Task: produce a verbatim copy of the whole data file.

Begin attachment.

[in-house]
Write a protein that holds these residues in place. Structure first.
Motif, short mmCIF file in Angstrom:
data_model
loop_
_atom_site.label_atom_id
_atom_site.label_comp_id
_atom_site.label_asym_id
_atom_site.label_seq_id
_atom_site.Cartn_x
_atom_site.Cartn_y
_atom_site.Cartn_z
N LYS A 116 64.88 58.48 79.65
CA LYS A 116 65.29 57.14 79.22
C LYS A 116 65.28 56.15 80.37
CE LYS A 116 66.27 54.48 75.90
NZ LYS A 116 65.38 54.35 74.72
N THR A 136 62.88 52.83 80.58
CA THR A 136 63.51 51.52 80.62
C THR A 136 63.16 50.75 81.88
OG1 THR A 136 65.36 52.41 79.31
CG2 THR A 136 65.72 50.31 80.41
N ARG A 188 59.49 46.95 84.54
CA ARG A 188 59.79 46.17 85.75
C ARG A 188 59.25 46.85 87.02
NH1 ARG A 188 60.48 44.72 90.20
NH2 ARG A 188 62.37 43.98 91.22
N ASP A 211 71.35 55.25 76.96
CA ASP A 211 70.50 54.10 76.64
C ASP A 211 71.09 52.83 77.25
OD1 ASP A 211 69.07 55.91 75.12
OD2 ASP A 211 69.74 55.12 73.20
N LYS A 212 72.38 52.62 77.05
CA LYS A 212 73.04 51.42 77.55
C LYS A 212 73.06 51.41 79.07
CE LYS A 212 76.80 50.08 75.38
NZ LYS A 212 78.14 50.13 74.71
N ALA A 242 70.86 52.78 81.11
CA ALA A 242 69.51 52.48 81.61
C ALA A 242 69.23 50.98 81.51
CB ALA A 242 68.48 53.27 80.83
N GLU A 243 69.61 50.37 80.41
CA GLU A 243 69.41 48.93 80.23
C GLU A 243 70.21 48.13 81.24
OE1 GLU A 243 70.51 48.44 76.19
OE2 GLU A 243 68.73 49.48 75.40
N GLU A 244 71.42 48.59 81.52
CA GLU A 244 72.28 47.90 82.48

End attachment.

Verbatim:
[in-house]
Write a protein that holds these residues in place. Structure first.
Motif, short mmCIF file in Angstrom:
data_model
loop_
_atom_site.label_atom_id
_atom_site.label_comp_id
_atom_site.label_asym_id
_atom_site.label_seq_id
_atom_site.Cartn_x
_atom_site.Cartn_y
_atom_site.Cartn_z
N LYS A 116 64.88 58.48 79.65
CA LYS A 116 65.29 57.14 79.22
C LYS A 116 65.28 56.15 80.37
CE LYS A 116 66.27 54.48 75.90
NZ LYS A 116 65.38 54.35 74.72
N THR A 136 62.88 52.83 80.58
CA THR A 136 63.51 51.52 80.62
C THR A 136 63.16 50.75 81.88
OG1 THR A 136 65.36 52.41 79.31
CG2 THR A 136 65.72 50.31 80.41
N ARG A 188 59.49 46.95 84.54
CA ARG A 188 59.79 46.17 85.75
C ARG A 188 59.25 46.85 87.02
NH1 ARG A 188 60.48 44.72 90.20
NH2 ARG A 188 62.37 43.98 91.22
N ASP A 211 71.35 55.25 76.96
CA ASP A 211 70.50 54.10 76.64
C ASP A 211 71.09 52.83 77.25
OD1 ASP A 211 69.07 55.91 75.12
OD2 ASP A 211 69.74 55.12 73.20
N LYS A 212 72.38 52.62 77.05
CA LYS A 212 73.04 51.42 77.55
C LYS A 212 73.06 51.41 79.07
CE LYS A 212 76.80 50.08 75.38
NZ LYS A 212 78.14 50.13 74.71
N ALA A 242 70.86 52.78 81.11
CA ALA A 242 69.51 52.48 81.61
C ALA A 242 69.23 50.98 81.51
CB ALA A 242 68.48 53.27 80.83
N GLU A 243 69.61 50.37 80.41
CA GLU A 243 69.41 48.93 80.23
C GLU A 243 70.21 48.13 81.24
OE1 GLU A 243 70.51 48.44 76.19
OE2 GLU A 243 68.73 49.48 75.40
N GLU A 244 71.42 48.59 81.52
CA GLU A 244 72.28 47.90 82.48